Without Cumberbatch’s performance anchoring it, this would be a mess of a film. “The Imitation Game” is the product of a first-time screenwriter and a first-time (in English) director, and it feels like it. There are blunders everywhere. The filmmakers don’t seem to know what a powerful and moving story they’ve got on their hands, and they keep doing things to try and improve it that only clutter and distract. We understand why code breaking matters; we do not need it spelled out to use with scenes involving submarines and fighter planes. We understand that Turing’s prep school relationship was formative; it’s not necessary to name the machine he builds after his first companion.  And what is a powerful line the first time is fine when it’s echoed once, later in the film, but by the third time, it’s gotten old.

Also, the ending plays so fast and loose with the facts to make its political point that it feels preachy and ham-fisted.  (see below the break for a closer look at this.) Across the board, a lighter touch would have made this a better film.  It makes me laugh to see that this won an Oscar for Best Adapted Screenplay was nominated for Best Director.

But “The Imitation Game” overcomes all of its issues, and is a moving, and absorbing film.  I’ve seen directors save weak performances — that’s pretty common, but I always think of Natalie Portman’s performance in “Black Swan,” which was saved from disaster by Darren Aronofsky’s clever editing.  This is a case of an actor saving his director, and that’s much more rare.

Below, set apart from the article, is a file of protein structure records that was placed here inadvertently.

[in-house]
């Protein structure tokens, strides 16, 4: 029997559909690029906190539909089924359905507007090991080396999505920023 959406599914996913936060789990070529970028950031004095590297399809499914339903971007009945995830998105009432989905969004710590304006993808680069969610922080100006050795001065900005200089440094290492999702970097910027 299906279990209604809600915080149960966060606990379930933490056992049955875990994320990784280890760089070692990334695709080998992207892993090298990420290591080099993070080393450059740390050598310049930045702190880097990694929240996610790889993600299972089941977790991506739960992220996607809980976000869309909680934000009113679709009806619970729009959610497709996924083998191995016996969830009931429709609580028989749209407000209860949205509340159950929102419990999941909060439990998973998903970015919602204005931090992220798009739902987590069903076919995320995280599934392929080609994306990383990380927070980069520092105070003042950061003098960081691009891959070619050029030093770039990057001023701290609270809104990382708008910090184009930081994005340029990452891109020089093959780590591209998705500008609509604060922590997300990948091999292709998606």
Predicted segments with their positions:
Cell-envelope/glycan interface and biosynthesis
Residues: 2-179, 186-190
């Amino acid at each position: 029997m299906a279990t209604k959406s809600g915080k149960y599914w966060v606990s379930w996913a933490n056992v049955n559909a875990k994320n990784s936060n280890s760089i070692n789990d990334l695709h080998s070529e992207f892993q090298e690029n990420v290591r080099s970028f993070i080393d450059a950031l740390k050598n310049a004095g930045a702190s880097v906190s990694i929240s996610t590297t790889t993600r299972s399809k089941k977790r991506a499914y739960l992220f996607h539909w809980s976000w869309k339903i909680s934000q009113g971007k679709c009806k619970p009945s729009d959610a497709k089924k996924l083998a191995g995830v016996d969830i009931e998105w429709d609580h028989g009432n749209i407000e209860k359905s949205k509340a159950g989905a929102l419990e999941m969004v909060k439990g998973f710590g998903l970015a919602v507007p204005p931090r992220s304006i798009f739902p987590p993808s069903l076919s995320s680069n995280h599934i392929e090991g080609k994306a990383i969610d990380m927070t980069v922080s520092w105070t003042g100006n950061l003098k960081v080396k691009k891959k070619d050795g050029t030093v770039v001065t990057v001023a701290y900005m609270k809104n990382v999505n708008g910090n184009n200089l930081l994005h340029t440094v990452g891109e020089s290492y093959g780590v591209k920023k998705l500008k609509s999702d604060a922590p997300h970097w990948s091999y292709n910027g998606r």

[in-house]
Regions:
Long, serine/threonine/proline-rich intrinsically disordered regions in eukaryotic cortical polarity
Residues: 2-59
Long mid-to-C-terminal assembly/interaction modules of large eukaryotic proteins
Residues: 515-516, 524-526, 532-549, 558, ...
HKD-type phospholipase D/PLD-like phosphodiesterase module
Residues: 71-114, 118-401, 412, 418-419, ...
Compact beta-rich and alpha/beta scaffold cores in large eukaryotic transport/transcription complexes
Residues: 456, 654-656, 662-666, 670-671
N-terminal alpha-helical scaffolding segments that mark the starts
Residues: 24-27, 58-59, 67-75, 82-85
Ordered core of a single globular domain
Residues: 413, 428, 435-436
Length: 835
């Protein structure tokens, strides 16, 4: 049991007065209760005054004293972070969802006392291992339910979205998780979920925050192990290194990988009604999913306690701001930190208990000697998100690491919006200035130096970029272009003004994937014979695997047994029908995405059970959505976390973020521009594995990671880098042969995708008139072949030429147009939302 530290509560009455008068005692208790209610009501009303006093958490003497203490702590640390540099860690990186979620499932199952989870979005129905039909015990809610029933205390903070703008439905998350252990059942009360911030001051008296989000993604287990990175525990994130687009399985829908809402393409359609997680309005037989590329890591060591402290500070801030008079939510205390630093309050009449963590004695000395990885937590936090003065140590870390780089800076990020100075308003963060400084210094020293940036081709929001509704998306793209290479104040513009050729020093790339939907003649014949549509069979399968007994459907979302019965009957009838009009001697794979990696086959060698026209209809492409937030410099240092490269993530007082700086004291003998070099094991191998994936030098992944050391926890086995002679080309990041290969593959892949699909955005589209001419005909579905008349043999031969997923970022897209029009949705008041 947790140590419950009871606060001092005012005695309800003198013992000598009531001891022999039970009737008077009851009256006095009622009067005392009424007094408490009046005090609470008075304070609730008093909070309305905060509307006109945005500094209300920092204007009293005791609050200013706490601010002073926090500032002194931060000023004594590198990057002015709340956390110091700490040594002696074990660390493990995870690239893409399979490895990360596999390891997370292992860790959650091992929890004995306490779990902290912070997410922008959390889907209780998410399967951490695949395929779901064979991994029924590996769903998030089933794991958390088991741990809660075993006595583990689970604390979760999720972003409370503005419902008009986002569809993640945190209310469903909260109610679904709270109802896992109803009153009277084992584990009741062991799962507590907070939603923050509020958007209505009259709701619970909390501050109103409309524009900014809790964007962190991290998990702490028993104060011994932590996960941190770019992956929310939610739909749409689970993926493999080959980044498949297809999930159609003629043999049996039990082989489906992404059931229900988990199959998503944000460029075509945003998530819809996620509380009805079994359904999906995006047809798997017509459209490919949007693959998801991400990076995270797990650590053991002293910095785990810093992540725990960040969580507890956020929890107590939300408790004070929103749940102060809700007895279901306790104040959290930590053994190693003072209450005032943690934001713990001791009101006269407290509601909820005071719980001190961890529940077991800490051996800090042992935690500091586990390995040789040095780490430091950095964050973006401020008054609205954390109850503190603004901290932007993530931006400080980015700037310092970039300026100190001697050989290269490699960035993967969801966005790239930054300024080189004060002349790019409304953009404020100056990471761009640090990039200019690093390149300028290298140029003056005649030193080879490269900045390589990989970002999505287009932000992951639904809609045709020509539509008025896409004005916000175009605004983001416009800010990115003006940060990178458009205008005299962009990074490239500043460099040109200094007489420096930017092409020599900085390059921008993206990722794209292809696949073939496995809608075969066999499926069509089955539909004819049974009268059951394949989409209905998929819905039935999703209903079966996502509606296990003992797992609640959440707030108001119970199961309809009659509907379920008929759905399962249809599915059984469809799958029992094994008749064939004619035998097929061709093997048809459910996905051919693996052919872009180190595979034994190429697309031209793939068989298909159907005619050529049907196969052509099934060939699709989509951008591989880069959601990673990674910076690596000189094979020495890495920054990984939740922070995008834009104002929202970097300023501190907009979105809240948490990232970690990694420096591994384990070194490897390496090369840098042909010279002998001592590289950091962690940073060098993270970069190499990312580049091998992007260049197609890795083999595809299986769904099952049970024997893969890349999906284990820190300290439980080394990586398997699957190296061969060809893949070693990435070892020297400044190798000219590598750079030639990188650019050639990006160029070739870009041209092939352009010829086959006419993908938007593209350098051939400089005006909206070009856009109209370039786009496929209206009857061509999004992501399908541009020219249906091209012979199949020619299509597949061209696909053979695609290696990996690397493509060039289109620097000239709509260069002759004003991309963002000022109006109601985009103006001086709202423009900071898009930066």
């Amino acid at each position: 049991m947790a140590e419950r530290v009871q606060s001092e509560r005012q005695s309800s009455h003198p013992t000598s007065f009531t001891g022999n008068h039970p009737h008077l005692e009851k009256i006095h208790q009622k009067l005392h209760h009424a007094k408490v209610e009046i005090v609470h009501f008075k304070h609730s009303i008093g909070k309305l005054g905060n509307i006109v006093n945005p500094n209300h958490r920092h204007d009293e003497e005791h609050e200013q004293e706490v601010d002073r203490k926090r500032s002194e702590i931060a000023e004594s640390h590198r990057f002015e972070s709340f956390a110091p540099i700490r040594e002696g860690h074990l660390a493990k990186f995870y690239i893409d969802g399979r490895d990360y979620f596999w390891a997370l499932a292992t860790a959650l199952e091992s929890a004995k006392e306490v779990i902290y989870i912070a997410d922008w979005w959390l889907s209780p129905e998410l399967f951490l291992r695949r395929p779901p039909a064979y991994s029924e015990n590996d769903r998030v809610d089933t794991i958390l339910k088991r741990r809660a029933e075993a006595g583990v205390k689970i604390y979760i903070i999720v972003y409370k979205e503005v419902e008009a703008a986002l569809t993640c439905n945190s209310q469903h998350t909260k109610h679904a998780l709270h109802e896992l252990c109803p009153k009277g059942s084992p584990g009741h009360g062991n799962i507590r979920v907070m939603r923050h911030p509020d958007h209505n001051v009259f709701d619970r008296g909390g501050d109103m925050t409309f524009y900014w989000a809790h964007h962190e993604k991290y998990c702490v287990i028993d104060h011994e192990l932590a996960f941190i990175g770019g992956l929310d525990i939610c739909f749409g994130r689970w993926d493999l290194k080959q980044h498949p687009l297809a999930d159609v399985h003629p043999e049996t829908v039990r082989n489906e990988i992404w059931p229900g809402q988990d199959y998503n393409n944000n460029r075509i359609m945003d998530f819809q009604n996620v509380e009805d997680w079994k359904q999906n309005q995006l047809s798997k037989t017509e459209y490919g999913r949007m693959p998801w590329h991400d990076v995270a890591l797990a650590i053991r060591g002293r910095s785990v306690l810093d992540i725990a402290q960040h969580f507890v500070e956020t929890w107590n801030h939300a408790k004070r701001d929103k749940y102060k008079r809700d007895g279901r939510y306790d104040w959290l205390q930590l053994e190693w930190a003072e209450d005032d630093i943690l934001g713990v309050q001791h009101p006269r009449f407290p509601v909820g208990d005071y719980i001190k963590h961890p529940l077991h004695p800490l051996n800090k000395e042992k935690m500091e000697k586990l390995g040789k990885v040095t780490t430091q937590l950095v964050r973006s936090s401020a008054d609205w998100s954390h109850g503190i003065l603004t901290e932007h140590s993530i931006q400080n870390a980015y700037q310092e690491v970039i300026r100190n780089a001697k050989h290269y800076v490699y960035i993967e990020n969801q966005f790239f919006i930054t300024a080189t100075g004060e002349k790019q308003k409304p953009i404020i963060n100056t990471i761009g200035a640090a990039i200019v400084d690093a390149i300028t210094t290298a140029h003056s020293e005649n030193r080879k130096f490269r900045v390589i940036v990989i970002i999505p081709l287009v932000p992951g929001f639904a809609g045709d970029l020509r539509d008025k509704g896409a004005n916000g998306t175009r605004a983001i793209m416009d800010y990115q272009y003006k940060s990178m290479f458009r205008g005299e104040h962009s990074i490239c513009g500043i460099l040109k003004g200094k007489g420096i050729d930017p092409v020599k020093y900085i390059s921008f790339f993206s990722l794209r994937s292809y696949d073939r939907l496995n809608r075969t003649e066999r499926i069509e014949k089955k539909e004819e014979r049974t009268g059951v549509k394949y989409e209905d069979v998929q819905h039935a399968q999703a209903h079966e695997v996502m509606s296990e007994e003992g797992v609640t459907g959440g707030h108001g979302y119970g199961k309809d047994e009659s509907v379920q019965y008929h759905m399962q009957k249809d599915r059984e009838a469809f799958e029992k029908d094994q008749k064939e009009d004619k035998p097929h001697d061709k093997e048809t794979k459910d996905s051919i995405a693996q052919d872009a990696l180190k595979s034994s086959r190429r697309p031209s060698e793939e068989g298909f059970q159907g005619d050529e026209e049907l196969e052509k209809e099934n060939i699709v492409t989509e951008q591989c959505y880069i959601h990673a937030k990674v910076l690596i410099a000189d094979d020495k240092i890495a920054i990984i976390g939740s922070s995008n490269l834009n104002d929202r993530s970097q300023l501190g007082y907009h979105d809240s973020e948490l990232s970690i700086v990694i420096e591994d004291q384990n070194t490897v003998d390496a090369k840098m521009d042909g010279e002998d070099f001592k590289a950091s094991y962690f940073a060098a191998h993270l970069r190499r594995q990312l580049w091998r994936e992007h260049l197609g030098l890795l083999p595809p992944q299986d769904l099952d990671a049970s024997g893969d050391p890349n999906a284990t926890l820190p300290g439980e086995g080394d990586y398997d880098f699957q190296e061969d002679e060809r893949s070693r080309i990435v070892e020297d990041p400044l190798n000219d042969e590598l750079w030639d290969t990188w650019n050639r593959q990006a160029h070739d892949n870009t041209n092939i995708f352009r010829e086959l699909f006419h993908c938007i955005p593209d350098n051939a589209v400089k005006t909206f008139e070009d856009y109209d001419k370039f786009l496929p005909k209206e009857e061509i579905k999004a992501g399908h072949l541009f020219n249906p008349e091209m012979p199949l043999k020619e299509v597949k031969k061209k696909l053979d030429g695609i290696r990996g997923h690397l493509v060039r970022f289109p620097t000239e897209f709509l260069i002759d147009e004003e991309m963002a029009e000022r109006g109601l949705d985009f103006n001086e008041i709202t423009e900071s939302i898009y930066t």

Spoiler alert: I want to talk about the ending.  Stop reading right now if you haven’t yet seen the film. 


Alan Turing was a homosexual man in a time and place where that was illegal.  That must have been a very difficult life. He was treated terribly the the country he helped to save, and certainly deserved the apology British PM Gordon Brown issued in 2009 (55 years after his death.)  But “The Imitation Game,” in its clumsy attempt to show how badly he was treated, goes too far.  The film never outright states, but certainly implies, that the hormone therapy treatment Turing was forced to undergo in 1952 (after being arrested for indecency) made it so he couldn’t work, or even think straight, and because of that, he committed suicide in 1954.  That’s just not true. The British government treated him, and other gay men like him, terribly, but they weren’t responsible for his suicide. Turing continued to do innovative work while on the hormone treatment – some of it, in mathematical biology, directly inspired by the treatment.  And his death occurred a full year after the hormone treatment had ended.  On top of that, many people question whether it was even a suicide. His family reported that he was in good spirits even the day before his death. Turing died from cyanide poisoning, and he was working at the time on a gold-plating technique that involved cyanide. It might just have been an accident.

The film wants to make a point about the way gay men were treated by the British government and society in the 1950s.  But playing so fast and loose with the facts only undermines it, and makes the filmmakers look dishonest and clumsy.  And that’s too bad, because it was a point worth making.


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Posted in All Reviews, by Will Krischke.